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1.
J Nanobiotechnology ; 19(1): 348, 2021 Oct 30.
Article in English | MEDLINE | ID: covidwho-1555350

ABSTRACT

Viral infections are the most common among diseases that globally require around 60 percent of medical care. However, in the heat of the pandemic, there was a lack of medical equipment and inpatient facilities to provide all patients with viral infections. The detection of viral infections is possible in three general ways such as (i) direct virus detection, which is performed immediately 1-3 days after the infection, (ii) determination of antibodies against some virus proteins mainly observed during/after virus incubation period, (iii) detection of virus-induced disease when specific tissue changes in the organism. This review surveys some global pandemics from 1889 to 2020, virus types, which induced these pandemics, and symptoms of some viral diseases. Non-analytical methods such as radiology and microscopy also are overviewed. This review overlooks molecular analysis methods such as nucleic acid amplification, antibody-antigen complex determination, CRISPR-Cas system-based viral genome determination methods. Methods widely used in the certificated diagnostic laboratory for SARS-CoV-2, Influenza A, B, C, HIV, and other viruses during a viral pandemic are outlined. A comprehensive overview of molecular analytical methods has shown that the assay's sensitivity, accuracy, and suitability for virus detection depends on the choice of the number of regions in the viral open reading frame (ORF) genome sequence and the validity of the selected analytical method.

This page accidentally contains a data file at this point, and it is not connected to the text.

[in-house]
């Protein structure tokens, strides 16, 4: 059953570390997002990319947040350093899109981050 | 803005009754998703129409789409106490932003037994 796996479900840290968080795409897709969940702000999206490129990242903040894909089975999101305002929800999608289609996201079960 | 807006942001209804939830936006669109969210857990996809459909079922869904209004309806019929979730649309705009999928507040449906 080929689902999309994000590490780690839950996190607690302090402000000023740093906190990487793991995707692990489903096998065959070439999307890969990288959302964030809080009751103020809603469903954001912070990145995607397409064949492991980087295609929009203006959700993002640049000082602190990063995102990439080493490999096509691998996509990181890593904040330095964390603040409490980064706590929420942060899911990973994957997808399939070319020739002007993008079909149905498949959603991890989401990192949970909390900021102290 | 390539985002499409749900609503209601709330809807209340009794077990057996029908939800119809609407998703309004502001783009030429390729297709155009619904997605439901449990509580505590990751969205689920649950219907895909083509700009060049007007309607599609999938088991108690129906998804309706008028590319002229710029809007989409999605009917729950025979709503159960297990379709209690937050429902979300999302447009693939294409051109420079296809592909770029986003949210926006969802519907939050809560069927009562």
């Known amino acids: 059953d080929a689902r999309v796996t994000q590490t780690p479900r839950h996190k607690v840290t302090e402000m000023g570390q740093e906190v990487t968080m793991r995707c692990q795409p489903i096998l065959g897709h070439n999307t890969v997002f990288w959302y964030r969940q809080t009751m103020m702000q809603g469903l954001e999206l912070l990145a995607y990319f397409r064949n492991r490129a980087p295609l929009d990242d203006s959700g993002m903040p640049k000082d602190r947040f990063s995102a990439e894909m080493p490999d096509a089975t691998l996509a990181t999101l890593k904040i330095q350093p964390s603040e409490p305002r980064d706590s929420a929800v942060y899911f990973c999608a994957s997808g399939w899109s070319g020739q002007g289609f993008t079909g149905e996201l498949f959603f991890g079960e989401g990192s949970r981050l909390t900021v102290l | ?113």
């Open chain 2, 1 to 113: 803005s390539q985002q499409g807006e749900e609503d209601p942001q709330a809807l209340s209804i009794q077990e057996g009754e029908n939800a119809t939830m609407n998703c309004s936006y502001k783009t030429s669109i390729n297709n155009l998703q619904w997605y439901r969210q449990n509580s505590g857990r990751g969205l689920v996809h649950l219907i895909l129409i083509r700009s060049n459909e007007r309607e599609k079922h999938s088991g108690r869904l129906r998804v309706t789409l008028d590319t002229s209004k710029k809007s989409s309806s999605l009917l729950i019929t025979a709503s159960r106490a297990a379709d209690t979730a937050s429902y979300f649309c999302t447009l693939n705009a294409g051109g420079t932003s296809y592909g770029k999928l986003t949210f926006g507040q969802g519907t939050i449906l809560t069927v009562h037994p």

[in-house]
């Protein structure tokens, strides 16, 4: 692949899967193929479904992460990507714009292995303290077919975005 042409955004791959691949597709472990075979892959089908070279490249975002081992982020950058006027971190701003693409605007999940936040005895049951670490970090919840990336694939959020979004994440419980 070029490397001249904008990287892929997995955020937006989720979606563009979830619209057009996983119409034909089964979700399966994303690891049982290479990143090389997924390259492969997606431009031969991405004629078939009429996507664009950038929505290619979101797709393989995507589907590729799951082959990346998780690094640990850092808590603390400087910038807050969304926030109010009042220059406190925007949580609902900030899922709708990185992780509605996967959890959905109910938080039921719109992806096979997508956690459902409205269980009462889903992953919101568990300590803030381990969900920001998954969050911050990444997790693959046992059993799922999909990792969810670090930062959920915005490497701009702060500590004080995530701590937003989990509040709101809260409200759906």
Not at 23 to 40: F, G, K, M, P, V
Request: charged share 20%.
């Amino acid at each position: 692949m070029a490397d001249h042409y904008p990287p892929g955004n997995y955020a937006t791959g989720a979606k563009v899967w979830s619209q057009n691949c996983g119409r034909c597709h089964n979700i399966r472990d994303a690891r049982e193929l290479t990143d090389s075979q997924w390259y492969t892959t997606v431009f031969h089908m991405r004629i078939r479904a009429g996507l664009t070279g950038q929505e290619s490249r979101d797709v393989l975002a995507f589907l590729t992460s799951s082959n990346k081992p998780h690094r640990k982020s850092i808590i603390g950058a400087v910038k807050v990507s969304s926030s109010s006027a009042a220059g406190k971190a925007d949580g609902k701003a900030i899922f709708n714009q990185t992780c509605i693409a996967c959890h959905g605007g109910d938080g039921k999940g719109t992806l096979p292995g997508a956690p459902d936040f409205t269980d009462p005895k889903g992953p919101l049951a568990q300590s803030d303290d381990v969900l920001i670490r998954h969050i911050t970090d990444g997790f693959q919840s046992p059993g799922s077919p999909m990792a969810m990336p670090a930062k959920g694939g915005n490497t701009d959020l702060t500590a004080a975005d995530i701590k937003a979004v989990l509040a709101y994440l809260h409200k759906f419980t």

Subject(s)
Clinical Laboratory Techniques , Virus Diseases/diagnosis , Viruses/isolation & purification , Biosensing Techniques , COVID-19/diagnosis , COVID-19/epidemiology , Humans , Nucleic Acid Amplification Techniques , Pandemics , SARS-CoV-2/genetics , SARS-CoV-2/immunology , SARS-CoV-2/isolation & purification , Viral Proteins/genetics , Viral Proteins/immunology , Virus Diseases/epidemiology , Viruses/classification , Viruses/genetics , Viruses/immunology
2.
PLoS Pathog ; 17(9): e1009811, 2021 09.
Article in English | MEDLINE | ID: covidwho-1526706
3.
Curr Protein Pept Sci ; 22(4): 273-289, 2021 Oct 26.
Article in English | MEDLINE | ID: covidwho-1515505

ABSTRACT